Artificial Intelligence in Medicine

AI for Diagnostics, Drug Development, Treatment Personalisation, and Gene Editing

Machine Learning has made great advances in pharma and biotech efficiency. This post summarizes the top 4 applications of AI in medicine today:

1. Diagnose diseases

Correctly diagnosing diseases takes years of medical training. Even then, diagnostics is often an arduous, time-consuming process. In many fields, the demand for experts far exceeds the available supply. This puts doctors under strain and often delays life-saving patient diagnostics.

Machine Learning – particularly Deep Learning algorithms – have recently made huge advances in automatically diagnosing diseases, making diagnostics cheaper and more accessible.

How machines learn to diagnose

Machine Learning algorithms can learn to see patterns similarly to the way doctors see them. A key difference is that algorithms need a lot of concrete examples – many thousands – in order to learn. And these examples need to be neatly digitized – machines can’t read between the lines in textbooks.

So Machine Learning is particularly helpful in areas where the diagnostic information a doctor examines is already digitized.

Such as:

  • Detecting lung cancer or strokes based on CT scans
  • Assessing the risk of sudden cardiac death or other heart diseases based on electrocardiograms and cardiac MRI images
  • Classifying skin lesions in skin images
  • Finding indicators of diabetic retinopathy in eye images

Since there is plenty of good data available in these cases, algorithms are becoming just as good at diagnostics as the experts. The difference is: the algorithm can draw conclusions in a fraction of a second, and it can be reproduced inexpensively all over the world. Soon everyone, everywhere could have access to the same quality of top expert in radiology diagnostics, and for a low price.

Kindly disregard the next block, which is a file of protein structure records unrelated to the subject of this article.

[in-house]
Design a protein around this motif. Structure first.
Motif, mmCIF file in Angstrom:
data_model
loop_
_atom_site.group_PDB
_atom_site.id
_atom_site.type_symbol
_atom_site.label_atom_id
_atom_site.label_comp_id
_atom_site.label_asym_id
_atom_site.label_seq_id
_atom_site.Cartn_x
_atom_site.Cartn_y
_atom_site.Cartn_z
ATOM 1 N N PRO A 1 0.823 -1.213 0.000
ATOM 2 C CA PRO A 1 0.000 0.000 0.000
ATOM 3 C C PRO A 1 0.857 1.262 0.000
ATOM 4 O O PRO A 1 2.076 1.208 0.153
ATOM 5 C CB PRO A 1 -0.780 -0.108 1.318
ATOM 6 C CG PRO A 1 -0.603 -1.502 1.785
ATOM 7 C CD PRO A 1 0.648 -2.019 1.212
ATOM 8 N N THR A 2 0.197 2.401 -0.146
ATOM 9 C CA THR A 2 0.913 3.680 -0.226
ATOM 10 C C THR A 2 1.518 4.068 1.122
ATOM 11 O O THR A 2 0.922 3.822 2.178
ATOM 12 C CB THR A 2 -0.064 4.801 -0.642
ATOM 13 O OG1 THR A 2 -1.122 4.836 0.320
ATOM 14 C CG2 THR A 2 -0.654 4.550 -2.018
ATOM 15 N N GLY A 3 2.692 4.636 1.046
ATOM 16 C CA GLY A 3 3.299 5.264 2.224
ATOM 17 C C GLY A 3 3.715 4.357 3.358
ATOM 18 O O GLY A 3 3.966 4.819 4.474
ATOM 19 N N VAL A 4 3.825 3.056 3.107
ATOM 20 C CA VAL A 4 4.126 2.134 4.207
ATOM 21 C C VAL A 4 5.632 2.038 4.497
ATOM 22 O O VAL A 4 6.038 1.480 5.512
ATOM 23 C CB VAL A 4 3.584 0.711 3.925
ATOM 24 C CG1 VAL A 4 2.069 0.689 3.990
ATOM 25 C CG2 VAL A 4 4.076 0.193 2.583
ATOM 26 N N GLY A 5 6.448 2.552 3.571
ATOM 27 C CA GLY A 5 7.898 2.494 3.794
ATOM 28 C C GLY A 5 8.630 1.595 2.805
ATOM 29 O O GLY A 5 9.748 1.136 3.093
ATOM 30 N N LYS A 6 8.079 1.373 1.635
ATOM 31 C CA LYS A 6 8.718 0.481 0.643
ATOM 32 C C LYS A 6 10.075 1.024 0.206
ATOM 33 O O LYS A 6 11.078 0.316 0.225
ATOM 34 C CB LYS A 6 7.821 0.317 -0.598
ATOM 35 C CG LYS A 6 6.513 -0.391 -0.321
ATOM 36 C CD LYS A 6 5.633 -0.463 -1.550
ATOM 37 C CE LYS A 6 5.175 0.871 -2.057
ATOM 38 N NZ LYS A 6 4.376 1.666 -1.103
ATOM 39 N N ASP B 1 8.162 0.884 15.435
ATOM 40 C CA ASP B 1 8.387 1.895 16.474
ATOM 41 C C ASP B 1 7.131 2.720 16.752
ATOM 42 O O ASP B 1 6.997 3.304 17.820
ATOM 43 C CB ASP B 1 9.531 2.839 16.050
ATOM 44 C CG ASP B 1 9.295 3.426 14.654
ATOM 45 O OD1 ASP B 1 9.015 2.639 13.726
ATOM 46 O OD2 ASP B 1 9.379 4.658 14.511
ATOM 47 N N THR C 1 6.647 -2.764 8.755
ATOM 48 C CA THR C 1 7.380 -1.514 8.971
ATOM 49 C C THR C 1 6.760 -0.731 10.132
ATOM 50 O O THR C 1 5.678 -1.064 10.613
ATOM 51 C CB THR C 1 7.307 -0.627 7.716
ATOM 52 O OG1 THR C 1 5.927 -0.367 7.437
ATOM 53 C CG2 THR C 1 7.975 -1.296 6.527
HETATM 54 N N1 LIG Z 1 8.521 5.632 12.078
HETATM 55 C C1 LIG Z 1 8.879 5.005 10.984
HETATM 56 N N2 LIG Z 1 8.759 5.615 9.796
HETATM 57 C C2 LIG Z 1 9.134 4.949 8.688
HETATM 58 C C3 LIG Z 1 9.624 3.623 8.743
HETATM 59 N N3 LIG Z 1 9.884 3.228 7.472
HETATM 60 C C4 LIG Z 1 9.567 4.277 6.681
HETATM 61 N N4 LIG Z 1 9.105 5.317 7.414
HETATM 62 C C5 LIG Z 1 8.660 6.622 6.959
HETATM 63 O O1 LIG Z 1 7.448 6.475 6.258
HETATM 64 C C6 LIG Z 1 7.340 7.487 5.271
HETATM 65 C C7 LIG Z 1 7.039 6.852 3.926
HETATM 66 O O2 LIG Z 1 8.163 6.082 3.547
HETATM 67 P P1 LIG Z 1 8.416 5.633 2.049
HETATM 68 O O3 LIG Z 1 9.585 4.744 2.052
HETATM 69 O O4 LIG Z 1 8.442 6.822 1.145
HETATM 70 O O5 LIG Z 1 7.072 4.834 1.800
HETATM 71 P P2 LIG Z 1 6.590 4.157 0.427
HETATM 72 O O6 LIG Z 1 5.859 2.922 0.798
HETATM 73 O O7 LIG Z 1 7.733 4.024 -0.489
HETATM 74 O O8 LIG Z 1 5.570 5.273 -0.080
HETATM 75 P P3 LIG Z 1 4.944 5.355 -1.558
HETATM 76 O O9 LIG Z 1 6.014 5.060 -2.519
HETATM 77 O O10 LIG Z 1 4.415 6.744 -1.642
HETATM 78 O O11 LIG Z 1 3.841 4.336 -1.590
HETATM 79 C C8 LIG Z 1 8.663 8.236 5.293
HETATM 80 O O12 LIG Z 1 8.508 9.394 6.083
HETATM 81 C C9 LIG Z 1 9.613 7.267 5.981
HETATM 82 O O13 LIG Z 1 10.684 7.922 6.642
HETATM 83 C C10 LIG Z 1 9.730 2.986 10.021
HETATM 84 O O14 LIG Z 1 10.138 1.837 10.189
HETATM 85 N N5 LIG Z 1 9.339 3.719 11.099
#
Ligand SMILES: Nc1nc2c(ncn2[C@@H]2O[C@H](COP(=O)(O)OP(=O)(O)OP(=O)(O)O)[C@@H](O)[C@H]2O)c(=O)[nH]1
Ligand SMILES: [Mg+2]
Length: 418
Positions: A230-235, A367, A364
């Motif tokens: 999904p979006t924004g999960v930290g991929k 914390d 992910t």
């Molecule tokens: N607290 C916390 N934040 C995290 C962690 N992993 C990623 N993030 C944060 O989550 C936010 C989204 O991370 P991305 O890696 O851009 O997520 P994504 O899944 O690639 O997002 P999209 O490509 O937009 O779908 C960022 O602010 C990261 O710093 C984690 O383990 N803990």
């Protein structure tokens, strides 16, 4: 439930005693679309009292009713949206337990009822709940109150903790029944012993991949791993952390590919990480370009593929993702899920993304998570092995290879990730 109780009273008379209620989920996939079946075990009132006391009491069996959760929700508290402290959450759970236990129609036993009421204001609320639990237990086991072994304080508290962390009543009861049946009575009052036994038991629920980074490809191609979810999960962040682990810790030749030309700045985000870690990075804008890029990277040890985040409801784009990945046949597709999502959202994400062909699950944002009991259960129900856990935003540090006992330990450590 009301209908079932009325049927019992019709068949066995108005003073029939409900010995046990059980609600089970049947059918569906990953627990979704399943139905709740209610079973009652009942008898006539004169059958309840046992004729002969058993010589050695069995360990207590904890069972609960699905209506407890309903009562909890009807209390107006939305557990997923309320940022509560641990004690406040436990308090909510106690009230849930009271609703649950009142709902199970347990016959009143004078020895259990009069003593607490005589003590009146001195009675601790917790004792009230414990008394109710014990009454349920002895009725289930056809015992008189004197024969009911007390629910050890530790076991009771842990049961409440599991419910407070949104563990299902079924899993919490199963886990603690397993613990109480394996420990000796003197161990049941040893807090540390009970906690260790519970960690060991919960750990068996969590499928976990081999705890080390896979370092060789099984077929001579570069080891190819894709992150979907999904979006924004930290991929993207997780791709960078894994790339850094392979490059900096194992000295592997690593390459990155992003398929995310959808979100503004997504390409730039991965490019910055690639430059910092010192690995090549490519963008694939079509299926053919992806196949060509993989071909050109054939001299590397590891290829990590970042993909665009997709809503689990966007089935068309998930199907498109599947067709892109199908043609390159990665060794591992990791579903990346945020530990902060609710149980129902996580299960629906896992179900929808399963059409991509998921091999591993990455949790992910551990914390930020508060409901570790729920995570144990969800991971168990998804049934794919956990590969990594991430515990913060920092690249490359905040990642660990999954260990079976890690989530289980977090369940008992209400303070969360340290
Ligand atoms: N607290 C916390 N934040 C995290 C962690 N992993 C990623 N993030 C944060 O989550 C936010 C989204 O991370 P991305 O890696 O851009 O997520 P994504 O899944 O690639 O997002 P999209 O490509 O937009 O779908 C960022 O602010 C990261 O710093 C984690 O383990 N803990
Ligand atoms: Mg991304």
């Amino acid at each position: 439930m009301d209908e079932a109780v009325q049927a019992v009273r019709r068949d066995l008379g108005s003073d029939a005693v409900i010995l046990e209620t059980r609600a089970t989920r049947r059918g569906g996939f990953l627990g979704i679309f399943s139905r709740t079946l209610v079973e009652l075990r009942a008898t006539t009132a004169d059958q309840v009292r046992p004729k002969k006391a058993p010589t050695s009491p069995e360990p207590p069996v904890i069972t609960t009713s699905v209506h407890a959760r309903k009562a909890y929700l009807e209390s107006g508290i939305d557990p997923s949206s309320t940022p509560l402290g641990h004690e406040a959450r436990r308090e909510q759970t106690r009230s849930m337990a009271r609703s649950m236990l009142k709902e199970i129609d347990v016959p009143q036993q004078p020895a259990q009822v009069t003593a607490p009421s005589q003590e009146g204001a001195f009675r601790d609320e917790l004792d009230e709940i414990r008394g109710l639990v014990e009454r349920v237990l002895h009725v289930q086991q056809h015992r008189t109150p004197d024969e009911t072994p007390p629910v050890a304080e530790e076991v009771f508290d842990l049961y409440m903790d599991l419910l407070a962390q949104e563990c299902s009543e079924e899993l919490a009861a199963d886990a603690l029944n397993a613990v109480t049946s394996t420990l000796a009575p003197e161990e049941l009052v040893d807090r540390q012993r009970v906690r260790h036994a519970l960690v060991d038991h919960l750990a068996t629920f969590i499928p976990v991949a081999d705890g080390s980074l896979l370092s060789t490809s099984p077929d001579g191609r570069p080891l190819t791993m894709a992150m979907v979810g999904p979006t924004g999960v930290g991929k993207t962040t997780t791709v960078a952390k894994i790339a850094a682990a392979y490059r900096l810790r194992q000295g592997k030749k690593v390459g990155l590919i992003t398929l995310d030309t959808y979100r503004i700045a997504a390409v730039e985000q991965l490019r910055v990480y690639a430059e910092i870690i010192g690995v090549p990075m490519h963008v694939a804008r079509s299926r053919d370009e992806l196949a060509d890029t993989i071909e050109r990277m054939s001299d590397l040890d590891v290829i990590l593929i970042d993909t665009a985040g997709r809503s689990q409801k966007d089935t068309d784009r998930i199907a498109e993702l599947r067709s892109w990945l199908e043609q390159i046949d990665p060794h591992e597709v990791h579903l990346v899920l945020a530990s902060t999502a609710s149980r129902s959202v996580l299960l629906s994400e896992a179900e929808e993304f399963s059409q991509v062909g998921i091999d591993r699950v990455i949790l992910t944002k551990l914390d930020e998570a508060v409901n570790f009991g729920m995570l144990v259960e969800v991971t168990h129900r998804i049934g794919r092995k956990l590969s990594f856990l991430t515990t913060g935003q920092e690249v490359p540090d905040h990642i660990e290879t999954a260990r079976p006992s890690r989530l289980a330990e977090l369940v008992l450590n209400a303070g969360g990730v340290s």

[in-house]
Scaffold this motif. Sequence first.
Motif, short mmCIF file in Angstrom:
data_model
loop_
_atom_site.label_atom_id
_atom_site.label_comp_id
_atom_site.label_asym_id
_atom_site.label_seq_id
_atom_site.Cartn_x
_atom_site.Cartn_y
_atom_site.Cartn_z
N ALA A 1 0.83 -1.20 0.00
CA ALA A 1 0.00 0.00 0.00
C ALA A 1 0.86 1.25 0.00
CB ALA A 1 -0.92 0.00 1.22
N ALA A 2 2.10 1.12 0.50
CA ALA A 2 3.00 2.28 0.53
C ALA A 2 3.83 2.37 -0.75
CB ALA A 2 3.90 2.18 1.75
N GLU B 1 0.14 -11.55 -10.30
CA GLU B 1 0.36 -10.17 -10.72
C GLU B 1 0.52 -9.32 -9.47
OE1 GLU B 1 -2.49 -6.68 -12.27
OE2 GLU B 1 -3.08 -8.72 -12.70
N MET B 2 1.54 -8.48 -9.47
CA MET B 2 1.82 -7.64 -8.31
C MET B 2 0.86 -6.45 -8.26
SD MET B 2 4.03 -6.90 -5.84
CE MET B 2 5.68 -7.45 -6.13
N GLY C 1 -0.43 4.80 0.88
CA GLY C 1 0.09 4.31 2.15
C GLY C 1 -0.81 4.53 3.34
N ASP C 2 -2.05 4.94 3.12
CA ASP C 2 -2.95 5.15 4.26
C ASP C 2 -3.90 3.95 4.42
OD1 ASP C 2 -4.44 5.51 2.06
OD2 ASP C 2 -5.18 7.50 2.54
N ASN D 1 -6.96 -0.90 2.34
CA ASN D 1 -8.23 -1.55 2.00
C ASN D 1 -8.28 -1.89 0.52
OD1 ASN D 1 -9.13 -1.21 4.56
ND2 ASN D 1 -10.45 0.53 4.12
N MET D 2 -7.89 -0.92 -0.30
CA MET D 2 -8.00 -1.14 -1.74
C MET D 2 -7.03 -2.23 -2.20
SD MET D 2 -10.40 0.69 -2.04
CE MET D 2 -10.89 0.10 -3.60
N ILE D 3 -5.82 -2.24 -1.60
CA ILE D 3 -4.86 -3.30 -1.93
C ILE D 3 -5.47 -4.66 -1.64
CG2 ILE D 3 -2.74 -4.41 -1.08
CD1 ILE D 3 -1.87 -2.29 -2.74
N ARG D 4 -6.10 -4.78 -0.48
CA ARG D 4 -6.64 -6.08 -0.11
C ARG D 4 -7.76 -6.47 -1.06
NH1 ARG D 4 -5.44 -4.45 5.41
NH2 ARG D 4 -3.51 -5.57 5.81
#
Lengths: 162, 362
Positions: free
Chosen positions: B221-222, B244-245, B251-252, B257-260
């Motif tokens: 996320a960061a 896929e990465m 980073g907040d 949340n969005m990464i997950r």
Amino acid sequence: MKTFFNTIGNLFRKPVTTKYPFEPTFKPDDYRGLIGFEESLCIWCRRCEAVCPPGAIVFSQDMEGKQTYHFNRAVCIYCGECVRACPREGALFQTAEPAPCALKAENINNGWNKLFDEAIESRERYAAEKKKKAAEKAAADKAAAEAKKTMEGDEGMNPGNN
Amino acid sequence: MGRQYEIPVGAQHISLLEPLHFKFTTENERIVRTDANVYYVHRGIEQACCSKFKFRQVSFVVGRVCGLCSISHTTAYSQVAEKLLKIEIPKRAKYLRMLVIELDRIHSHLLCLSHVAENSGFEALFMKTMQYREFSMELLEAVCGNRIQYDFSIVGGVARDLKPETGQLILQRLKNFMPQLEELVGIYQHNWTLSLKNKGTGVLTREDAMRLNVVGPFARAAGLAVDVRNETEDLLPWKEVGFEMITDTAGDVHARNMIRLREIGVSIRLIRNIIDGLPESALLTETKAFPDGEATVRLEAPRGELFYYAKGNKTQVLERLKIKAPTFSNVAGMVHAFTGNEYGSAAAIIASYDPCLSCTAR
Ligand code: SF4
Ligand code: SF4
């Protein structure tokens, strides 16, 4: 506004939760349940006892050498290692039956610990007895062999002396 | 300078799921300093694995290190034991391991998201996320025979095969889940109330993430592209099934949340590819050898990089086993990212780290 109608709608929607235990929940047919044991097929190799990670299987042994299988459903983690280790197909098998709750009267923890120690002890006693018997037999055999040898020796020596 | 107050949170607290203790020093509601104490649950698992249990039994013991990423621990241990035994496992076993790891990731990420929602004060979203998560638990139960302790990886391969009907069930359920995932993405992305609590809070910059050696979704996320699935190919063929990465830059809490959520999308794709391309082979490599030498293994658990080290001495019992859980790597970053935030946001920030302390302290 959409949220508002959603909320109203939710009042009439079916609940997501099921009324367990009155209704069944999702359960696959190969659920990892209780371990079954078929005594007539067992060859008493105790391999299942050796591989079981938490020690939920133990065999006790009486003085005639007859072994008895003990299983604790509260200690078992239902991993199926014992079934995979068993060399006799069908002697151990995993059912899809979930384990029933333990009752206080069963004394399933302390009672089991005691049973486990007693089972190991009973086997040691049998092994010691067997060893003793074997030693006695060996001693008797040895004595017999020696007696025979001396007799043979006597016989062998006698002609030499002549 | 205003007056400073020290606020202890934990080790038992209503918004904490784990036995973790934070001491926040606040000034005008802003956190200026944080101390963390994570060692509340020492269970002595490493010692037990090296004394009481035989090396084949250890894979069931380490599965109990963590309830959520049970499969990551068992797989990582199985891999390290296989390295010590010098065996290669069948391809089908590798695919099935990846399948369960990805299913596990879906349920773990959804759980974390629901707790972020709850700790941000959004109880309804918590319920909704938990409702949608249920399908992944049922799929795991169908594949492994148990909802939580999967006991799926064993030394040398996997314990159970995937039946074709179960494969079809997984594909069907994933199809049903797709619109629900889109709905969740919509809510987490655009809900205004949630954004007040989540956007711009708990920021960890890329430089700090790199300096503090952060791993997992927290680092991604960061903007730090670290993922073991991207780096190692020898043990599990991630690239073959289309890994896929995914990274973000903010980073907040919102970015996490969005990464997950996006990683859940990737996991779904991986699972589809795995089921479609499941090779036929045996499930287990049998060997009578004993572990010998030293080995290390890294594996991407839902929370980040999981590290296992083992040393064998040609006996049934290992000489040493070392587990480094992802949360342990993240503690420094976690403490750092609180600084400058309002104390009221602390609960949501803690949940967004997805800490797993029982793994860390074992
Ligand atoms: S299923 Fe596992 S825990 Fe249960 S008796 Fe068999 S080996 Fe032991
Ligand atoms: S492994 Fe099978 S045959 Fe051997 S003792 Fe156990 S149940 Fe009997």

More advanced AI diagnostics are coming soon

The application of Machine Learning in diagnostics is just beginning – more ambitious systems involve the combination of multiple data sources (CT, MRI, genomics and proteomics, patient data, and even handwritten files) in assessing a disease or its progression.

AI won’t replace doctors anytime soon

It’s unlikely that AI will replace doctors outright. Instead, AI systems will be used to highlight potentially malignant lesions or dangerous cardiac patterns for the expert – allowing the doctor to focus on the interpretation of those signals.

2. Develop drugs faster

Developing drugs is a notoriously expensive process. Many of the analytical processes involved in drug development can be made more efficient with Machine Learning. This has the potential to shave off years of work and hundreds of millions in investments.

AI has already been used successfully in all of the 4 main stages in drug development:

Stage 1: Identify targets for intervention

The first step in drug development is understanding the biological origin of a disease (pathways) as well as its resistance mechanisms. Then you have to identify good targets (typically proteins) for treating the disease. The widespread availability of high-throughput techniques, such as short hairpin RNA (shRNA) screening and deep sequencing, has greatly increased the amount of data available for discovering viable target pathways. However, with traditional techniques, it’s still a challenge to integrate the high number and variety of data sources – and then find the relevant patterns.

Machine Learning algorithms can more easily analyse all the available data and can even learn to automatically identify good target proteins.

Stage 2: Discover drug candidates

Next, you need to find a compound that can interact with the identified target molecule in the desired way. This involves screening a large number – often many thousands or even millions – of potential compounds for their effect on the target (affinity), not to mention their off-target side-effects (toxicity). These compounds could be natural, synthetic, or bioengineered.

However, current software is often inaccurate and produces a lot of bad suggestions (false positives) – so it takes a very long time to narrow it down to the best drug candidates (known as leads).